What I’ve been up to.
I think the month of September torpedoed my average step count for all of 2023, and I’m not feeling great about it. But I haven’t been feeling great about almost anything for much of the last two years, most of all physically. And as much as I want to judge myself–for being “lazy” or too susceptible to my own depression — I spent September finally making peace with the fact that, no, I just don’t move around very much anymore. Because for two-plus years, moving has felt different than it used to, back when I averaged 10,000 steps a day: It has been painful, scary, and unpredictably so, because I have been in scary and unpredictable pain almost every single day.
As I learned in September, after a four-hour exploratory surgery that took many years and false starts and doctor’s visits to book, I have endometriosis. What I chalked up to generic stomach problems, my scoliosis, poor mental health, and just general bad biological luck can now (largely) be attributed to something specific, even quantifiable — my favorite thing! The strong stabbing pains that I’ve felt in my pelvic region for years now are symptomatic of this chronic disease; so are the heavy periods that made my adult life middle school-level embarrassing. My extreme fatigue is part of that too, and the depression I already have was exacerbated by everything else.
Endometriosis is the result of tissue similar to the kind your uterus expels during your period accumulates around your uterus; the stuff that’s supposed to leave your body instead stays inside of it. There’s no clear-cut reason for why some people with uteruses develop the disease, and while it won’t kill you, it can cause excruciating discomfort if the tissue creates inflammation.
The disease is under-researched, under-diagnosed, and, perhaps worst of all, impossible to cure. The only way to find out if your pain is caused by endometriosis is by going under the knife, which is a big gamble that I am glad paid off for me. After several years of being told I simply had GI issues or “stress,” my doctor found and excised the tissue that had clustered around my uterus, causing me horrific pain. In two or three months, I’m told I’ll be able to enjoy “a lot of pain relief.”
That alone is a relief, as is the fact that my hospital bill is cheaper than I expected. I’m also grateful that I was able to take two paid weeks off to recover, even though my company’s sick leave policy is infuriating. (Text me about it.) Yet during those two weeks, and still now, I grappled with the after effects of surgery. I chugged painkillers until the heavy-duty one made me break out into garish hives. I couldn’t bend down to feed Maggie. For six weeks, I can’t lift anything heavier than Maggie, and walking remains an anxiety-inducing chore. When my waistband rubs against my many, many abdominal stitches, I still yelp in shock.
My doctor warned me about all of this, but the emotional pain is something I feel totally alone in. What if the first time I went to my primary care doctor about my strange, sudden ailments back in 2021, she recognized that they comported with endometriosis? What if the gynecologist I saw in 2016 didn’t shame me for the extreme pain I felt during a routine exam, and instead saw it as indicative of a greater problem? Maybe if we learned about endometriosis in high school health class, I would have been able to advocate for myself better during all those hospital visits I made as a 17-year-old because of some intense digestion problems. (The less I say about those, the better.)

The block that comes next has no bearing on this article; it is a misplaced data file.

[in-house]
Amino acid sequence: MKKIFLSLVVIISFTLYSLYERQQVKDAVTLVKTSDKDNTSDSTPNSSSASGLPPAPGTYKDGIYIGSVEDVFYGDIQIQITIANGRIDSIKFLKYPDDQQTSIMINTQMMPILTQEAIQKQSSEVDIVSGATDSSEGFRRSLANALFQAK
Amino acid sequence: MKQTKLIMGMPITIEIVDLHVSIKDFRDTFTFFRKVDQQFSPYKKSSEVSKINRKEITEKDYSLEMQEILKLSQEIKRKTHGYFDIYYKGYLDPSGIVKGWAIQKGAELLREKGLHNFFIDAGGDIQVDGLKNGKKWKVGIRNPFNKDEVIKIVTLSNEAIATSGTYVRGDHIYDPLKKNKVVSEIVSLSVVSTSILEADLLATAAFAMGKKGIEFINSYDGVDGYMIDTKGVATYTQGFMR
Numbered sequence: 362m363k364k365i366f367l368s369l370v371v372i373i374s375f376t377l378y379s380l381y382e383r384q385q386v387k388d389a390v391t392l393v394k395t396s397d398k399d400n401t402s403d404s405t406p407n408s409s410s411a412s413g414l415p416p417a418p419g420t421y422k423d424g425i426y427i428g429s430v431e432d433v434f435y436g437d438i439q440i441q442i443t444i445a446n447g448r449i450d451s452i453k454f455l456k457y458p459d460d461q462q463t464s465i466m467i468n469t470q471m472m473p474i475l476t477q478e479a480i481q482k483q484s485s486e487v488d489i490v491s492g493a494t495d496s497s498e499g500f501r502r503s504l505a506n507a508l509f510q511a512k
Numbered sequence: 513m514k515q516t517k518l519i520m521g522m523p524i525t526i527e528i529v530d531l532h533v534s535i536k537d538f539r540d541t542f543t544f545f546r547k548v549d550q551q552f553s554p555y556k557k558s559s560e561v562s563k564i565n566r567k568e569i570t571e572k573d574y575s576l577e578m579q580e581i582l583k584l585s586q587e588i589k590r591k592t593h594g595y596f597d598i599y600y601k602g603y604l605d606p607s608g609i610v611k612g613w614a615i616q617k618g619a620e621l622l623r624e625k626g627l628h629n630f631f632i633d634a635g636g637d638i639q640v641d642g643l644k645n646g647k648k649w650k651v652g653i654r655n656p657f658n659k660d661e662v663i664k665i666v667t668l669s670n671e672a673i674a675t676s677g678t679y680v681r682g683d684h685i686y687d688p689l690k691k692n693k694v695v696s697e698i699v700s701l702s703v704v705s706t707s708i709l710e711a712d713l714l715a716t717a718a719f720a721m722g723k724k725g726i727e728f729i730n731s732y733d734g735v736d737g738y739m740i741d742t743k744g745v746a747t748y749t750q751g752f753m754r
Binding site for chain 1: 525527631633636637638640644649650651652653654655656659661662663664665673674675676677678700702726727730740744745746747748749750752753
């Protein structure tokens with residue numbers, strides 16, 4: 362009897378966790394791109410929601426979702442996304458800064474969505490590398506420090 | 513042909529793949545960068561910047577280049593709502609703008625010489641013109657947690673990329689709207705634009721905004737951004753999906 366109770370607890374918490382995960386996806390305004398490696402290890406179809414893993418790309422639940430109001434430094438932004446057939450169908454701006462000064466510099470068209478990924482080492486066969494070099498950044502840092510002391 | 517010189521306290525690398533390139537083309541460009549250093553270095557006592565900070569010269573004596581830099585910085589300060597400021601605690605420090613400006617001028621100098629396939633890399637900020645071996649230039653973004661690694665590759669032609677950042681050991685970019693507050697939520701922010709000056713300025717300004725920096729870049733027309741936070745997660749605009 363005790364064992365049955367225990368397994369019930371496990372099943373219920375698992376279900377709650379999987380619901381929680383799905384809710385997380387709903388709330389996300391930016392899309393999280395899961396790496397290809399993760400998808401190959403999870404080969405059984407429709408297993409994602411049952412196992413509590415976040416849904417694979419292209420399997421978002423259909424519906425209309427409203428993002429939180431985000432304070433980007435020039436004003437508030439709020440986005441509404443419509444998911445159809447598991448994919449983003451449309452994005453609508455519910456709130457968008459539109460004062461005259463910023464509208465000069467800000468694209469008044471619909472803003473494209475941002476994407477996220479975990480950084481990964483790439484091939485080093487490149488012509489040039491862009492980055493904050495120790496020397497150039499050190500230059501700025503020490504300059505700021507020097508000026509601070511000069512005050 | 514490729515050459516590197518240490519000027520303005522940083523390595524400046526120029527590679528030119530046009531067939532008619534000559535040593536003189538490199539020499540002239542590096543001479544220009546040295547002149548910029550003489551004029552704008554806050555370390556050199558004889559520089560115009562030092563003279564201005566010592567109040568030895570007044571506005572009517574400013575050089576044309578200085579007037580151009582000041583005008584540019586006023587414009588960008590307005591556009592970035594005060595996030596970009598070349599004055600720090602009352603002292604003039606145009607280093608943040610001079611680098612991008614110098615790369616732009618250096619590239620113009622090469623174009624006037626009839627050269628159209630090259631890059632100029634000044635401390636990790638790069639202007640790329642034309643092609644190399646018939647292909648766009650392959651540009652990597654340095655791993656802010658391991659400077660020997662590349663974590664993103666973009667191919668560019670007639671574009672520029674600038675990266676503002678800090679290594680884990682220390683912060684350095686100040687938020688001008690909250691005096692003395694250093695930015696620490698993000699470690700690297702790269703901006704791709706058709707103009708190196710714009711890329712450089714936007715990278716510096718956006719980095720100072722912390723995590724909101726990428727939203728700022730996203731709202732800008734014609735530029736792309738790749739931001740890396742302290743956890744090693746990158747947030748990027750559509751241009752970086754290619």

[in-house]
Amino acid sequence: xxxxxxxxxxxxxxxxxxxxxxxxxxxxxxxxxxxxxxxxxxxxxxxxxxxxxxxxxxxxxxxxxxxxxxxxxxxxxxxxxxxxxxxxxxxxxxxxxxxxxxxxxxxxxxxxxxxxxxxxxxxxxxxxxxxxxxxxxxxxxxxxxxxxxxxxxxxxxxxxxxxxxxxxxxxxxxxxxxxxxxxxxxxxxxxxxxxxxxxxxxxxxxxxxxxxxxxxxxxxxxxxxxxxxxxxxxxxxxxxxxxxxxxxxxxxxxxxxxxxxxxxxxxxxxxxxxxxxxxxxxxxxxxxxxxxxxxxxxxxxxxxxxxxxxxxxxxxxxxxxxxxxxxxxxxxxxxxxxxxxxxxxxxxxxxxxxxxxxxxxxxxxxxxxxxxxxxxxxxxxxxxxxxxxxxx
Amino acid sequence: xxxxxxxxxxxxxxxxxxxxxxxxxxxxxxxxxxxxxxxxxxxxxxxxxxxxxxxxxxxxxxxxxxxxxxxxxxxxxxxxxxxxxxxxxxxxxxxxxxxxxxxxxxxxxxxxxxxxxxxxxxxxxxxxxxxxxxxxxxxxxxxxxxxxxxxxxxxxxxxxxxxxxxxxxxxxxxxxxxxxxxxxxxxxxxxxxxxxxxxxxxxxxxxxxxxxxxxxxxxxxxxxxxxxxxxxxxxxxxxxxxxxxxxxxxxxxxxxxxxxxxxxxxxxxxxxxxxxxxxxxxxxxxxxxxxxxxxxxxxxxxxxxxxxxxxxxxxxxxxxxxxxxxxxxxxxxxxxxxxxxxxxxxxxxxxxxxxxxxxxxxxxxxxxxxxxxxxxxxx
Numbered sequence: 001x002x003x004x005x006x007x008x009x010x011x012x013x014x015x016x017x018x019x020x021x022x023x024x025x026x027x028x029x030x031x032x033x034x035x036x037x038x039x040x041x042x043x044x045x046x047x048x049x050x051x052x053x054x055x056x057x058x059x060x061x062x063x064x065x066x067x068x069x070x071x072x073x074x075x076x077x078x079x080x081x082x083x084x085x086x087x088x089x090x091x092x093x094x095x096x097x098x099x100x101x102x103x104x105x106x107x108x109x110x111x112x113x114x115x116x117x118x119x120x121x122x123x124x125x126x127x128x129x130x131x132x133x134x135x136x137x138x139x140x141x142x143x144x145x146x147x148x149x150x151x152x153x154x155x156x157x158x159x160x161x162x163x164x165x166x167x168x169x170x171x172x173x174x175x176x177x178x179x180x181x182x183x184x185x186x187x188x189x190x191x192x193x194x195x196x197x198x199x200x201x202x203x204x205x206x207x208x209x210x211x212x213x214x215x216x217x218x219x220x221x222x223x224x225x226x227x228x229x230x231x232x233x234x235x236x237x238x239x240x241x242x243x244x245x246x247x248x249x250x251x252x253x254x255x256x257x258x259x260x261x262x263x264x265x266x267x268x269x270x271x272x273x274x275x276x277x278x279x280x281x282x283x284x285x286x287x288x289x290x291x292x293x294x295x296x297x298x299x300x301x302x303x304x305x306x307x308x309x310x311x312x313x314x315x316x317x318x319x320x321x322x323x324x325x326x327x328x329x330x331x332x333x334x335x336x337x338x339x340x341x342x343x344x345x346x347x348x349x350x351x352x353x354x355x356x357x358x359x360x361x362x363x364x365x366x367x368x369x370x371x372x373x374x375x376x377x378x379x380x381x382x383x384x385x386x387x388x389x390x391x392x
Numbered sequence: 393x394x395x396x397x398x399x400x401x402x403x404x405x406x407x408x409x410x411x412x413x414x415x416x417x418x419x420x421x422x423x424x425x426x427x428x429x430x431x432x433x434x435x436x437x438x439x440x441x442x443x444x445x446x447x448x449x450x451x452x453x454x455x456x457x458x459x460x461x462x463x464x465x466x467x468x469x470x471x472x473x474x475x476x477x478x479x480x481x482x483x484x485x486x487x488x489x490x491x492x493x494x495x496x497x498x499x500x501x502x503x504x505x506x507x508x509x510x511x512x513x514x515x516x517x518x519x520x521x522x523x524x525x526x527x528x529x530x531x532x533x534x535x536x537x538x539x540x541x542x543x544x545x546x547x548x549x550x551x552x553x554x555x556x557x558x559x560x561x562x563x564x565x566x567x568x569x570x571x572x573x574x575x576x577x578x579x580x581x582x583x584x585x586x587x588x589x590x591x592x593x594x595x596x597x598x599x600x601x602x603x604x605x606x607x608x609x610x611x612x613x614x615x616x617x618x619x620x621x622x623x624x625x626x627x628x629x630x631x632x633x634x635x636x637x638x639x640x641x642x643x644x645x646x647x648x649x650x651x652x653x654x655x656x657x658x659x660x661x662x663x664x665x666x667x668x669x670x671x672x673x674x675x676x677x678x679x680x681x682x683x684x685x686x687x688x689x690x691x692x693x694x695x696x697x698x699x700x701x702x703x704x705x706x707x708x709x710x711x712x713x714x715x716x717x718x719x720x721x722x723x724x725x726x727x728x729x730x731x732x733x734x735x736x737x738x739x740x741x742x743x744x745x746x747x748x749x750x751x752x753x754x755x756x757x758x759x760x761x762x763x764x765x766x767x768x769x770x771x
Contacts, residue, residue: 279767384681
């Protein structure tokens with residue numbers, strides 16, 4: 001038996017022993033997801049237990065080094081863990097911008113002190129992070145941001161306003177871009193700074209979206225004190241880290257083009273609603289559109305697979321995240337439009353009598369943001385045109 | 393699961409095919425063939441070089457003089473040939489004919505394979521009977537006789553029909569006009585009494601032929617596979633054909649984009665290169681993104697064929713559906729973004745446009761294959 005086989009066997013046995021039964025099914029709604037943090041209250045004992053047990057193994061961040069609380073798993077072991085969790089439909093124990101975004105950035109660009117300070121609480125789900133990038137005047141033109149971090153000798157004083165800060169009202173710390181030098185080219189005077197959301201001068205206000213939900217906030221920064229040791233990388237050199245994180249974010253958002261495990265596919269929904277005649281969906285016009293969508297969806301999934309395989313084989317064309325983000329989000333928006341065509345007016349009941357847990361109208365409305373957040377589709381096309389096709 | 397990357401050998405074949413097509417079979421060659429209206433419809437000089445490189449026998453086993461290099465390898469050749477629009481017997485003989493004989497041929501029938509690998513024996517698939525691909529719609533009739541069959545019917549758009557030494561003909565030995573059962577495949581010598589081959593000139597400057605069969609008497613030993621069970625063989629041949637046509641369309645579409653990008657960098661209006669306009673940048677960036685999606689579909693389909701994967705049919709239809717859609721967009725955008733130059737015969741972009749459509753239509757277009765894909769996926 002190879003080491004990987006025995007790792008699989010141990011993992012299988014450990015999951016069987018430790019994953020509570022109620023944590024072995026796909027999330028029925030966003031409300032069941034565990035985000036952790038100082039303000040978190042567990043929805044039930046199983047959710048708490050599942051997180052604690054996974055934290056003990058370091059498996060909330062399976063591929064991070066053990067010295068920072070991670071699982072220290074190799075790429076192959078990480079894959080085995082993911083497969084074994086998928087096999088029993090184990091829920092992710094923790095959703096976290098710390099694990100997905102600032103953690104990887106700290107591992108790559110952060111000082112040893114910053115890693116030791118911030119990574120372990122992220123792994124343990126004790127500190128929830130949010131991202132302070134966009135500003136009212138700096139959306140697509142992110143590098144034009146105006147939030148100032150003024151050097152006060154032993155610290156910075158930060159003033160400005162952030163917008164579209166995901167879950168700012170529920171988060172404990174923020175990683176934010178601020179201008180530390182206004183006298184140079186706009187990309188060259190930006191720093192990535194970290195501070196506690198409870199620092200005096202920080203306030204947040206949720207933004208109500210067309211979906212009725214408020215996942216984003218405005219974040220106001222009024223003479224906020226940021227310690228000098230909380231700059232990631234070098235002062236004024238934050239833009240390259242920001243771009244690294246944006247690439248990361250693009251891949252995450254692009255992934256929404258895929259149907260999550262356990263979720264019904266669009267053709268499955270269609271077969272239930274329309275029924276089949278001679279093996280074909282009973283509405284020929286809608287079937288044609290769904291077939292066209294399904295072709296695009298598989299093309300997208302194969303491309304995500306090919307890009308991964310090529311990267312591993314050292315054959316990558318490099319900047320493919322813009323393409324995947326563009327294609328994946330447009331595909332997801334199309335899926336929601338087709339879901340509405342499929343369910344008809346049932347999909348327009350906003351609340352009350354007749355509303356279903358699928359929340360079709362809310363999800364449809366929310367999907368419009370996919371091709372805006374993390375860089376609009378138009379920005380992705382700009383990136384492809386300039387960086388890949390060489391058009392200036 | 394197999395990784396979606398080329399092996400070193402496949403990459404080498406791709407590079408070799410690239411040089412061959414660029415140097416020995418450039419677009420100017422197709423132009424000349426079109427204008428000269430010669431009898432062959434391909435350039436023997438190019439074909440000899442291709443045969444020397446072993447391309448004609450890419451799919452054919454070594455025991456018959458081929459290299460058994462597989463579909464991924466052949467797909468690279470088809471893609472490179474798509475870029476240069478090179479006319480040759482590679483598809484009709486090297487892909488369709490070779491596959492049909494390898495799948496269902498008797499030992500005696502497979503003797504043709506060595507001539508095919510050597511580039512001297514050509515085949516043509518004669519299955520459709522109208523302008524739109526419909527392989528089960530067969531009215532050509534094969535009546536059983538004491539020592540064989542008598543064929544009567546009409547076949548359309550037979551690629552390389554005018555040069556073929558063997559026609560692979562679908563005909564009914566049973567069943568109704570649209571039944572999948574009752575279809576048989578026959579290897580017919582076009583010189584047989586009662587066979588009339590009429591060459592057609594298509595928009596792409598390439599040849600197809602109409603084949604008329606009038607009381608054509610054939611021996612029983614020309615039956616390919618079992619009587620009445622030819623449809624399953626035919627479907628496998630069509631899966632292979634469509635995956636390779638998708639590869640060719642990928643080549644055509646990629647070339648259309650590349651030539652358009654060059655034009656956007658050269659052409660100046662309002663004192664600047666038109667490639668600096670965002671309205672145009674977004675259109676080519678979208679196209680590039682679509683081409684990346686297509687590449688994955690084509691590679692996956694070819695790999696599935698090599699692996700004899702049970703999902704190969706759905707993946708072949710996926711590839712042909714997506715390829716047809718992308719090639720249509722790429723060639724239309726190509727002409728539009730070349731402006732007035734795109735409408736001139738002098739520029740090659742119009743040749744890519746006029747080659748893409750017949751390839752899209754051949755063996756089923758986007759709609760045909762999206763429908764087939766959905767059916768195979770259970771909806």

If I had my endometriosis treated years ago, maybe I wouldn’t have spent the last two years in tear-stained isolation, canceling plans because I was either in too much pain or afraid that I might be stricken with pain upon leaving the house. Half the time, I was too exhausted to even respond to people’s requests to hang out; eventually, I stopped getting them.
I’ve always felt very lonely, even when I’m with other people. It’s why I like taking walks alone, wearing headphones, staying in bed for hours; it allows me to both indulge that loneliness while also protecting me from the self-judgment that comes from being around people and realizing I still feel totally by myself. But when those solo activities stopped being my choice and started being my default, my norm, to say my mental health nosedived–and, most regrettably, that step count!–would be an understatement.
Just like there is no permanent solution for endometriosis, I have no good answer for that “what if?” But I look forward to feeling better, being unchained from my couch, maybe even waking up and wanting to get out of bed. And “looking forward” is a pretty nice change of pace.
Other than all that, I’ve been reading a lot; I recommend these two memoirs, which work as something of a set. And I’ve watched almost all of The Leftovers in no time at all, a thing I’ve been meaning to do for years. I also have decided to learn how to embroider, because I am terrible with my hands and the antithesis of crafty; these are the things that make for a great embroideress. (Also, it’ll hopefully get me to stop being on my phone all day and do something more “productive,” even if it’s one of those short-lived, aborted hobbies.)
I also played Goodbye Volcano High all the way through one day; the game itself supremely disappointed me, but the soundtrack has been a fittingly melancholy-but-hopeful score for my healing period. This song is probably my favorite:
Hopefully you’ll hear from me again sooner than later,